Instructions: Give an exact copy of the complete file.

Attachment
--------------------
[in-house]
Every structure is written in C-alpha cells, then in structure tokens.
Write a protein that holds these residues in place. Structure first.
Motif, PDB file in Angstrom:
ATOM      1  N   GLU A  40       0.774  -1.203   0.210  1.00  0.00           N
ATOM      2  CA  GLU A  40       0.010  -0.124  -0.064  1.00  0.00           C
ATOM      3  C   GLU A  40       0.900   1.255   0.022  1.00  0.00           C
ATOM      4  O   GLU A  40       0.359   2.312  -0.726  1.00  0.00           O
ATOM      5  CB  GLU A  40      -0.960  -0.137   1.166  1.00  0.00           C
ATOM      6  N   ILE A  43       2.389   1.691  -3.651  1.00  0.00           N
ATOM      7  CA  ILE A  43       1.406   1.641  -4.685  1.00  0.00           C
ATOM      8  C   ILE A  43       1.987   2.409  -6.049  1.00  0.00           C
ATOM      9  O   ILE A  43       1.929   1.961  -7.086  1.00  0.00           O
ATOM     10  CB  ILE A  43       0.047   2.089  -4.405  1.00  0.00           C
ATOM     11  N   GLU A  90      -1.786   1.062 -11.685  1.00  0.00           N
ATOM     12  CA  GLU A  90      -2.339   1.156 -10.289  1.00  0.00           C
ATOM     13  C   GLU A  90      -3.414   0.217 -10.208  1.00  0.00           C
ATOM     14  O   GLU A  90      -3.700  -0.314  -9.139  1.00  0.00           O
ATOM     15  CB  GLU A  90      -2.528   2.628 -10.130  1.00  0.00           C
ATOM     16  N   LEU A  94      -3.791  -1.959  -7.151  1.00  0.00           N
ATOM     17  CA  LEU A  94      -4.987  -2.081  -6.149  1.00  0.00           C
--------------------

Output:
[in-house]
Every structure is written in C-alpha cells, then in structure tokens.
Write a protein that holds these residues in place. Structure first.
Motif, PDB file in Angstrom:
ATOM      1  N   GLU A  40       0.774  -1.203   0.210  1.00  0.00           N
ATOM      2  CA  GLU A  40       0.010  -0.124  -0.064  1.00  0.00           C
ATOM      3  C   GLU A  40       0.900   1.255   0.022  1.00  0.00           C
ATOM      4  O   GLU A  40       0.359   2.312  -0.726  1.00  0.00           O
ATOM      5  CB  GLU A  40      -0.960  -0.137   1.166  1.00  0.00           C
ATOM      6  N   ILE A  43       2.389   1.691  -3.651  1.00  0.00           N
ATOM      7  CA  ILE A  43       1.406   1.641  -4.685  1.00  0.00           C
ATOM      8  C   ILE A  43       1.987   2.409  -6.049  1.00  0.00           C
ATOM      9  O   ILE A  43       1.929   1.961  -7.086  1.00  0.00           O
ATOM     10  CB  ILE A  43       0.047   2.089  -4.405  1.00  0.00           C
ATOM     11  N   GLU A  90      -1.786   1.062 -11.685  1.00  0.00           N
ATOM     12  CA  GLU A  90      -2.339   1.156 -10.289  1.00  0.00           C
ATOM     13  C   GLU A  90      -3.414   0.217 -10.208  1.00  0.00           C
ATOM     14  O   GLU A  90      -3.700  -0.314  -9.139  1.00  0.00           O
ATOM     15  CB  GLU A  90      -2.528   2.628 -10.130  1.00  0.00           C
ATOM     16  N   LEU A  94      -3.791  -1.959  -7.151  1.00  0.00           N
ATOM     17  CA  LEU A  94      -4.987  -2.081  -6.149  1.00  0.00           C